Mind, Meaning, and Reality presents fifteen philosophical papers in which D. H. Mellor explores some of the most intriguing questions in philosophy. These include: what determines what we think, and what we use language to mean; how that depends on what there is in the world and why there is only one universe; and the nature of time.
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  27.  51
    Conscious Belief.D. H. Mellor - 1978 - Proceedings of the Aristotelian Society 78:87-101.
  28.  84
    Possibility, Chance and Necessity.D. H. Mellor - 2000 - Australasian Journal of Philosophy 78 (1):16 – 27.
  29.  94
    Truthmakers for What?D. H. Mellor - 2009 - In Heather Dyke (ed.), From Truth to Reality: New Essays in Logic and Metaphysics.
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  30.  53
    Real Metaphysics: Replies.D. H. Mellor - 2003 - In Hallvard Lillehammer & Gonzalo Rodriguez-Pereyra (eds.), Real Metaphysics: Essays in honour of D. H. Mellor. Routledge.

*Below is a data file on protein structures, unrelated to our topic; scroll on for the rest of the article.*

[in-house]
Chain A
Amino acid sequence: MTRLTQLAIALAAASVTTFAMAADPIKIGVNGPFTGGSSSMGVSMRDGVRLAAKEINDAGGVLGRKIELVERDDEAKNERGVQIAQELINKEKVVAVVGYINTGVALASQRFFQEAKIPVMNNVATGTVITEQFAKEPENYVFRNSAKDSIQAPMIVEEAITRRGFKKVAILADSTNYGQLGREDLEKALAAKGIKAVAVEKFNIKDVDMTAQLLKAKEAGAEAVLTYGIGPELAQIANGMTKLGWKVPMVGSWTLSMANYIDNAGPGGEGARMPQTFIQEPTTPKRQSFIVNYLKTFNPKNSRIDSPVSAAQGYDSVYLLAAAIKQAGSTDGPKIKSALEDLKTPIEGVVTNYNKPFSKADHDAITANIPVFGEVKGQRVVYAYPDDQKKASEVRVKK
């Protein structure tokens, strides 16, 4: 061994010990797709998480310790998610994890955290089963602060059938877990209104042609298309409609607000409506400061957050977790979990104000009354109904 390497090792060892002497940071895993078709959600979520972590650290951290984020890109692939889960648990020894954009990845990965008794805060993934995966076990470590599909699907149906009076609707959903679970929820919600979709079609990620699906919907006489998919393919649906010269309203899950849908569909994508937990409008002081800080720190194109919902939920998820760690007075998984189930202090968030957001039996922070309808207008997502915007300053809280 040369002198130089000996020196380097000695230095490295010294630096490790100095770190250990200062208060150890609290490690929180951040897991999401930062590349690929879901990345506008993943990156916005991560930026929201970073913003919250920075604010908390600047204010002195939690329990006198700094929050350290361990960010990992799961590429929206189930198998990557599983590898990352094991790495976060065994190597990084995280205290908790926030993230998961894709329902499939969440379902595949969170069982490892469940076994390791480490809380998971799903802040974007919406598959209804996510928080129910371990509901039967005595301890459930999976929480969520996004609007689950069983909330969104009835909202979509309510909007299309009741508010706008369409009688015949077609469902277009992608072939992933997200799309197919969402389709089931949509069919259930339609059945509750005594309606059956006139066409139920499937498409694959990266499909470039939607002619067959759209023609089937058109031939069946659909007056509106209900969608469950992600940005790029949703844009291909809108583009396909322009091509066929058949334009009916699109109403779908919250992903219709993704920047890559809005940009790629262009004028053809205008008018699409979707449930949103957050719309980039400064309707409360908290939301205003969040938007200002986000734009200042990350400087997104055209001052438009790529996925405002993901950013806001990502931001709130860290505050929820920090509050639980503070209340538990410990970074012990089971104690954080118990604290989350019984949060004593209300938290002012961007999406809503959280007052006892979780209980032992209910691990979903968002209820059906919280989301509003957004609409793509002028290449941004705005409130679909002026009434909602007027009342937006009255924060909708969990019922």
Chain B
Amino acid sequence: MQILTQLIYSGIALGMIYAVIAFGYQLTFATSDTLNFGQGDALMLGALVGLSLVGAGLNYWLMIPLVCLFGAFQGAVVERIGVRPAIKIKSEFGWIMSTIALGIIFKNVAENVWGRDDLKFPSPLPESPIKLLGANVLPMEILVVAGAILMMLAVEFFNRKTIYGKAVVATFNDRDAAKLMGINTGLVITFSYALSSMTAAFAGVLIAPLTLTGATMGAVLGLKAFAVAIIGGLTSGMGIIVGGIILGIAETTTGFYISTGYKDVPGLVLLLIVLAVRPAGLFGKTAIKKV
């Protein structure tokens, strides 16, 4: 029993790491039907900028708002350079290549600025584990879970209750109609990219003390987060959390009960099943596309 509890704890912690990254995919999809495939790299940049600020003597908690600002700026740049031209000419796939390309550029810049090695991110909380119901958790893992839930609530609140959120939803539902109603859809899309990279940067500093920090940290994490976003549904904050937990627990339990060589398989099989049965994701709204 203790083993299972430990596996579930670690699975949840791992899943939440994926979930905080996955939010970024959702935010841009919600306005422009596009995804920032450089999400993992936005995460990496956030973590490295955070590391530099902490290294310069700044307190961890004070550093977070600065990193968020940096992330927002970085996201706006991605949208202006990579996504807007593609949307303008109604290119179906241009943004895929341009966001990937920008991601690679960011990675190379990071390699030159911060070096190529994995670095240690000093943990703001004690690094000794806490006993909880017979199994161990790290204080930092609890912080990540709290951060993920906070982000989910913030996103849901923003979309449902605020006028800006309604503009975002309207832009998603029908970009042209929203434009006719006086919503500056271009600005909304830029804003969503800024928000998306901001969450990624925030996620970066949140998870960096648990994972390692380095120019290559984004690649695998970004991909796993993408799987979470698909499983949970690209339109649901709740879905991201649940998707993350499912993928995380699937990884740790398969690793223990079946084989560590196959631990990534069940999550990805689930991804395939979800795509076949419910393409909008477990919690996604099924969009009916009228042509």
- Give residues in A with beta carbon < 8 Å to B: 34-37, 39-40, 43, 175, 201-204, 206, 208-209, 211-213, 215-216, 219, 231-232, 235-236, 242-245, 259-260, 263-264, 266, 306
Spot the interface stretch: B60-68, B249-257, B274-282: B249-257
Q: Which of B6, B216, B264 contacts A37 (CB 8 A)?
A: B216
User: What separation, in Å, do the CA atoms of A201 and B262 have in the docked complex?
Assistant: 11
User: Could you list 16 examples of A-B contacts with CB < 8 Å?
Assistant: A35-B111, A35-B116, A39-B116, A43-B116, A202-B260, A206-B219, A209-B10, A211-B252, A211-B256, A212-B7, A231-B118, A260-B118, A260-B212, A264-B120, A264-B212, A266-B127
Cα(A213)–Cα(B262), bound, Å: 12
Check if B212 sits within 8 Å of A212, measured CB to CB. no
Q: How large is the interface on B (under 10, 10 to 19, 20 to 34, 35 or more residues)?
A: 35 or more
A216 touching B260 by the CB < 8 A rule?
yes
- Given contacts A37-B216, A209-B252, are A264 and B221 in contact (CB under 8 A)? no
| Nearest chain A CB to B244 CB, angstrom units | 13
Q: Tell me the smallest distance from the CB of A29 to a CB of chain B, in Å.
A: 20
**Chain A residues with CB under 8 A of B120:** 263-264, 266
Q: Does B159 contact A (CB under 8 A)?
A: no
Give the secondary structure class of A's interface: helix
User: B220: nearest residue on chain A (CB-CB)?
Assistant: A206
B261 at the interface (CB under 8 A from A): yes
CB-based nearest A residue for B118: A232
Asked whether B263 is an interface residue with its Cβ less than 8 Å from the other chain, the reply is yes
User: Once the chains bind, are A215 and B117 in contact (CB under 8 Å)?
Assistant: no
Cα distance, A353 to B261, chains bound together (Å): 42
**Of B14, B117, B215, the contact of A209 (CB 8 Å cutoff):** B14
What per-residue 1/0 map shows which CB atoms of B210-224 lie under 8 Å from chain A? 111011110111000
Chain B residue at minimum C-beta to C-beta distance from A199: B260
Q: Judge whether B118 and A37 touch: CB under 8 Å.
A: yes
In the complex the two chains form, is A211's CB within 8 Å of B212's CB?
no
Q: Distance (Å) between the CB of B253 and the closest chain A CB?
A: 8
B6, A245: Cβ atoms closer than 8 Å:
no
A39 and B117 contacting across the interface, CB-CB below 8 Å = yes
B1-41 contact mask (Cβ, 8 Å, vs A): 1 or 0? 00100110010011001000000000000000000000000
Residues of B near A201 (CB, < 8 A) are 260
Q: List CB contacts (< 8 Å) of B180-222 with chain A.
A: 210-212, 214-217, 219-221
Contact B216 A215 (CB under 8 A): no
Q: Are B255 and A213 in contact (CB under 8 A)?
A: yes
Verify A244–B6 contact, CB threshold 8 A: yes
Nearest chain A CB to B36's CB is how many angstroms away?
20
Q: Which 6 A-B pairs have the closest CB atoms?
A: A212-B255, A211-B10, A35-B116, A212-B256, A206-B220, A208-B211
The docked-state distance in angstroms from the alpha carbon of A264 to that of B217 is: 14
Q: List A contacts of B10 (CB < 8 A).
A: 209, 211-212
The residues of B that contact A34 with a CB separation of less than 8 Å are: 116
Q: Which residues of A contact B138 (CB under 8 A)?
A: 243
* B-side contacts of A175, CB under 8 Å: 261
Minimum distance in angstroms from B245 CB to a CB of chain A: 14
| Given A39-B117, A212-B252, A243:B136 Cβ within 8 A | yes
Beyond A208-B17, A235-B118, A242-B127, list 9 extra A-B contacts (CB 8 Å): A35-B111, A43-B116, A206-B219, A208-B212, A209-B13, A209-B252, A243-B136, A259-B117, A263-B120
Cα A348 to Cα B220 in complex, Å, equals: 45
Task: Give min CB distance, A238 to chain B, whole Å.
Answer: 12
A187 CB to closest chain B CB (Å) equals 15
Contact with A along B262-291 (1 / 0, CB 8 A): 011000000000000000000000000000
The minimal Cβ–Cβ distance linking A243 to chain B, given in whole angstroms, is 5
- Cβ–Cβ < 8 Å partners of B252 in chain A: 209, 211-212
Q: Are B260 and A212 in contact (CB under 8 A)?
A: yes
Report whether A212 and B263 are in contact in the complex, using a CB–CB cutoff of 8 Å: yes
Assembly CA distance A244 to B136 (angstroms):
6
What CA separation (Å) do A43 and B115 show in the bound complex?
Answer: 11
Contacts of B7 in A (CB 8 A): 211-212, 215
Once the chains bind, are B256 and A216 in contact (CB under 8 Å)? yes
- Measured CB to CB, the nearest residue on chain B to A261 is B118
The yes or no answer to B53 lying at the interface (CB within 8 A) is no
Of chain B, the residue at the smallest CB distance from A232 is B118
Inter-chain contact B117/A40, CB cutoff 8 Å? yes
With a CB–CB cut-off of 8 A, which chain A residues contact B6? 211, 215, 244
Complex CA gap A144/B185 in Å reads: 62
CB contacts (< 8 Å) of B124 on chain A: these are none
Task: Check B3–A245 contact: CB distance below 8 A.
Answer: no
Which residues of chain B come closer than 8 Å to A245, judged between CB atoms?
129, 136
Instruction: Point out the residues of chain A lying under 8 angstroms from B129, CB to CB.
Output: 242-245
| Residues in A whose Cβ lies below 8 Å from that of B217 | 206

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  31. Consequences of Utilitarianism: A Study in Normative Ethics and Legal Theory.D. H. Hodgson - 1967 - Clarendon Press.
     
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  32.  63
    How to Believe a Conditional.D. H. Mellor - 1993 - Journal of Philosophy 90 (5):233-248.
  33.  18
    Distinctness and Non-Identity.D. H. Sanford - 2005 - Analysis 65 (4):269-274.
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  34. Consciousness and Degrees of Belief.D. H. Mellor - 1980 - In Prospects for Pragmatism. Cambridge University Press.